It is fundamental to the Christian worldview in its truest form that what happened in Jesus of Nazareth was the very climax of the long story of Israel. Telling the story the way a first-century Jew might have seen it not only avoids the massive historical questions that still rage around the early period, but prepares us for understanding why Jesus of Nazareth said and did what he did and why this had the impact it had. This is why I am a fan of Wright. He tells the story of Jesus within the story of Israel. It is hard to properly understand who Jesus is apart from history of Israel.
The Call of Abraham
After the Tower of Babel episode, we have the call of Abraham in Genesis 12.1-3. Verse three is the vital one. The families of the earth have become divided and confused, and are ruining their own lives and that of the world at large. Abraham and his descendants are somehow to be the means of God putting things to rights, the spearhead of God’s rescue operation.
The point is that God’s covenant with Abraham is seen as a rock solid commitment on the part of the world’s creator that he will be the God of Abraham and his family. Through Abraham and his family, God will bless the whole world. What happens, though, when the people through whom God wants to mount his rescue operation, the people through whom he intends to set the world to rights, themselves need rescuing, themselves need putting to rights. What happens when Israel becomes part of the problem, not just the bearer of the solution?
What does God do, he acts from within the creation itself, with all the ambiguities and paradoxes which that involves, in order to deal with the multiple problems that have resulted from human rebellion, and so to restore creation itself. All this explains why the story of Israel carries at its heart a single theme. It is the story of going away and coming back home again: of slavery and exodus, of exile and restoration. It is the story which Jesus of Nazareth consciously told in his words, in his actions, and supremely in his death and resurrection.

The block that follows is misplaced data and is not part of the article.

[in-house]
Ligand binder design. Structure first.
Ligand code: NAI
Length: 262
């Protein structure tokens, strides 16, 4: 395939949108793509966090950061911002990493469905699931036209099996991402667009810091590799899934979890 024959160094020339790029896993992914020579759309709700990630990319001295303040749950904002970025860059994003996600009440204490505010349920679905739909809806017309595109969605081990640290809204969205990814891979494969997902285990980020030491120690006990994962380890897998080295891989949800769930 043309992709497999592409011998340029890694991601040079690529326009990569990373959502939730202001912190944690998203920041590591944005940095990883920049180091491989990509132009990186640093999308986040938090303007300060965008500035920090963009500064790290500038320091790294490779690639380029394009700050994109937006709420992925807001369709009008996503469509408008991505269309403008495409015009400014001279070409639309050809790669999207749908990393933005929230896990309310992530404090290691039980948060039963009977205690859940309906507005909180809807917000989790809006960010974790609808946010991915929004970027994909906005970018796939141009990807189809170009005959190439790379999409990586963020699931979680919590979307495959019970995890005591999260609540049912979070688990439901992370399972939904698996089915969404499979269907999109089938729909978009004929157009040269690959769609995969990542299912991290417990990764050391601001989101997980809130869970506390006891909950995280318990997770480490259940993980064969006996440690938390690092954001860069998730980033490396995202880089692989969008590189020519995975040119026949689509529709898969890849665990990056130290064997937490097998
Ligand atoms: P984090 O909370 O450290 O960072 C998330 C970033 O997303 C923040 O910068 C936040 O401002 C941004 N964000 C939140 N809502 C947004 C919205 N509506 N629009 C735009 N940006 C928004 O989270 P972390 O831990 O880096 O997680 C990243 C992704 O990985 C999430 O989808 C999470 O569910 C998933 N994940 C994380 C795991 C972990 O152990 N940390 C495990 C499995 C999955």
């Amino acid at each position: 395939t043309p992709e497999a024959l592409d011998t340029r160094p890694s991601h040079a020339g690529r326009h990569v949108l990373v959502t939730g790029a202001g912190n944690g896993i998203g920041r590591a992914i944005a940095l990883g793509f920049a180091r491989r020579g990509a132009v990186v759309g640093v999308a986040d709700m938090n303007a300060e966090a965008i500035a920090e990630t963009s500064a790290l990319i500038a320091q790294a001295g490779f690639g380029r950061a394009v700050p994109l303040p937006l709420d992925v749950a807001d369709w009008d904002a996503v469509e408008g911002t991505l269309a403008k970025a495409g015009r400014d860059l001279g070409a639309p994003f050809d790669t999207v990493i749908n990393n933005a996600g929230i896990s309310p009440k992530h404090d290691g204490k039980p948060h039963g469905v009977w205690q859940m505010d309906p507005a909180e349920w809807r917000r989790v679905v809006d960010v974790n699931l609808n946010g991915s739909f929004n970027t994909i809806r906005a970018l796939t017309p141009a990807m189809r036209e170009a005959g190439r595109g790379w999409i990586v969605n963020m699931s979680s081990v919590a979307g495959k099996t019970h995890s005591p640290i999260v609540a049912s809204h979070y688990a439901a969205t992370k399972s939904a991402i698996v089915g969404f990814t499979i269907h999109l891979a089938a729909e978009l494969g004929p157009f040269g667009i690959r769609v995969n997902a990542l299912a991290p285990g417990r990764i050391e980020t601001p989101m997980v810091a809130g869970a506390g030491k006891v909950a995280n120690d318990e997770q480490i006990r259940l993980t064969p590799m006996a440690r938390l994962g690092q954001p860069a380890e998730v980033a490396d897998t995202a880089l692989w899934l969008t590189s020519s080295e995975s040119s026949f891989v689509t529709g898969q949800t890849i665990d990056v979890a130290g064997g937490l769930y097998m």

Exile and Homecoming
There is a pattern of this that repeats itself. This is exemplified in God’s deliverance of Israel from Egypt. That is one of the great moments in Jewish and Christian memory, drawing together God’s faithfulness to the promises to Abraham, God’s compassion for his people when they are suffering, God’s promise of rescue, freedom and hope, and above all the unveiling of God’s name and its significance (Exodus 3.14-17).
The Hope of Israel
There are four themes that swirl around the story of Israel – four themes that give body and shape to the story as it has been outlined by Wright. I will mention three but give more focus to the fourth: The king – see Psalm 89. See also Psalm 72.1-4. The Temple and the Torah are the next two. I want to give a little more attention to his fourth one:
New Creation – See Isaiah 49.6; 2.2-4, reaching back to the global promises God had made to Abraham. See also Isaiah 11.1-9 – the rule of the Messiah, then, will bring peace, justice, and a completely new harmony to the whole creation.
Isaiah 65.17-18, 25 – The theme of a new Eden (the thorns and briers of Gen. 3 replaced with beautiful shrubs) picks up one of the main subtexts of the whole biblical story. Israel’s multiple exiles and restorations are ways of reenacting that primal expulsion and symbolically expressing the hope for homecoming, for humankind to be restored, for God’s people to be rescued, for creation itself to be renewed. Isaiah never forgot that the reason God called Abraham in the first place was in order to put the entire creation back to rights, to fill heaven and earth with his glory.
Servant of YHWH
But new creation will come about only through one final and shocking exile and restoration. The king turns into a servant, YHWH’s Servant; and the Servant must act out the fate of Israel, must be Israel on behalf of the Israel that can no longer be obedient to its vocation.
The God of Israel is the creator and redeemer of Israel and the world. In faithfulness to his ancient promises, he will act within Israel and the world to bring to its climax the great story of exile and restoration, of the divine rescue operation, of the kind who brings justice, of the Temple that joins heaven and earth, of the Torah that binds God’s people together, and of creation healed and restored. It is not only heaven and earth that are to come together. It is God’s future and God’s present.
Why should we imagine that this is true?